|Elliott (R) and Earnhardt swept the front row|
Speedweeks 2017 is off to a flying start for Hendrick Motorsports.
Sophomore sensation Chase Elliott won the pole for Sunday’s Daytona 500 for the second consecutive year Sunday, turning a fast lap of 192.308 mph. HMS teammate Dale Earnhardt, Jr. will start second.
"Everybody at Hendrick Motorsports has done a lot of work this off-season," said Elliott, the first driver to claim back-to-back Daytona 500 poles since Kenny Schrader turned the trick in three straight years; 1988-1990. "This team definitely has a knack for these plate tracks… but that stuff doesn't just happen by staying the same. Everyone is always trying to get better and make their cars better and faster; and the engine shop is always finding new things. I'm happy to be a part of it, and hopefully we can run good next Sunday."
Hendrick driver Kasey Kahne time-trailed eighth, with Jimmie Johnson 13th. Those single-car time trial results would seem to bode well for Hendrick’s chances in Sunday’s Great American Race. But for the second time in as many seasons, HMS cars have struggled when drafting
Twelve months after Earnhardt suffered multiple solo spins in Turn Four of the 2.5-mile tri-oval, Johnson lost control twice in Sunday’s 75-lap, non-point Advance Auto Parts Clash. The defending series champion survived the first incident, bouncing off the Ford of Kurt Busch and sending Busch into a spin that ended his day. Johnson’s second crash was more costly to the Lowe’s Chevrolet team, inflicting damage that ended their day with a 16th-place finish in the 17-car field.
|But Johnson struggled in traffic. (USA Today photo)|
“It’s bizarre, because it drove really good everywhere else,” said Johnson after his second solo crash. “The first time, I had a handling problem when it broke free and I got into the No. 41. Then after that, it was really loose (during) the last long stretch, before I crashed again.
“I would have to assume that it’s relative to the height of the rear spoiler,” said Johnson, a seven-time Monster Energy NASCAR Cup Series champion who has uncharacteristically crashed out of six consecutive Clashes in the last six years. “When there is less air and the air is so turbulent back there, the spoiler is so small it’s real easy to get the pressure off of it.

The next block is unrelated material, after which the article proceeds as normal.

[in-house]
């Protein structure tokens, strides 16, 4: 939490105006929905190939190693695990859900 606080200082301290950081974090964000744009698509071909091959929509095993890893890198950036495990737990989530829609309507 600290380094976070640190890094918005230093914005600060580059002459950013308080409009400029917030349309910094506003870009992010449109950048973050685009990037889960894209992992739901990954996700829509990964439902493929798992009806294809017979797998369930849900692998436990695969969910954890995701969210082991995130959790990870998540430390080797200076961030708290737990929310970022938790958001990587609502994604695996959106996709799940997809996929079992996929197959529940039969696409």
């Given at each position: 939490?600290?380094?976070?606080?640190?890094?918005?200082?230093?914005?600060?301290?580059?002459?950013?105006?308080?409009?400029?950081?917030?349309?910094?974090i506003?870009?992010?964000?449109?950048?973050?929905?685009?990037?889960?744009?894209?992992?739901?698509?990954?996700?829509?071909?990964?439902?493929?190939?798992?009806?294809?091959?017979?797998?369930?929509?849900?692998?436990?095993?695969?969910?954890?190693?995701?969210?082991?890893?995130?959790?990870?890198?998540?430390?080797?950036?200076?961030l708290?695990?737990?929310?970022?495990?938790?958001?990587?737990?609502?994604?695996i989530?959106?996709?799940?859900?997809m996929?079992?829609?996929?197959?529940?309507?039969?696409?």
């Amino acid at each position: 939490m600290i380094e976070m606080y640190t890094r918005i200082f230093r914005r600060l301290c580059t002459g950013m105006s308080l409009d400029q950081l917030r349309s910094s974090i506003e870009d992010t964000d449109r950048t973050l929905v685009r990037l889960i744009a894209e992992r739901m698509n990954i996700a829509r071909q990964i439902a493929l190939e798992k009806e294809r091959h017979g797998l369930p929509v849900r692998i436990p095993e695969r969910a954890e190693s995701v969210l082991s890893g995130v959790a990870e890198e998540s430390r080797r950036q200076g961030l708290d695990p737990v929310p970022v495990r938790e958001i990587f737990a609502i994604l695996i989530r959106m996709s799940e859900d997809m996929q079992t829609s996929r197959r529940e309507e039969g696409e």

“Then the back just rotates around.”
Johnson’s struggles were not lost on Dale Earnhardt, Jr., who viewed the procedings from the FS1 television booth while Alex Bowman drove his No. 88 Chevrolet to a third-place finish in the Clash. After spinning three times in virtually the identical spot during Speedweeks 2016, Earnhardt expressed concern with the Hendrick organization’s big-track handling package.
Within minutes after exiting his damaged racer, Johnson was already speculating that Sunday’s bright sunshine may have impacted the performance of his car.
“The sun certainly sits on that (Turn Four) edge of the track a little bit harder than anywhere else,” he said. “We will take some notes and learn from those mistakes and apply that to the 500 car.
“We can adjust rear shocks, rear ride height and try to get more pitch in the car in a sense to keep the spoiler up in the air longer.”
Hendrick’s on-track struggles may force the organization to abandon its recent policy of practicing minimally at Daytona, and drafting virtually not at all. Sources close to the team say both Johnson and Earnhardt will do a good deal of pack racing in this week’s practice sessions, in an attempt to diagnose and cure their continuing issues in the draft.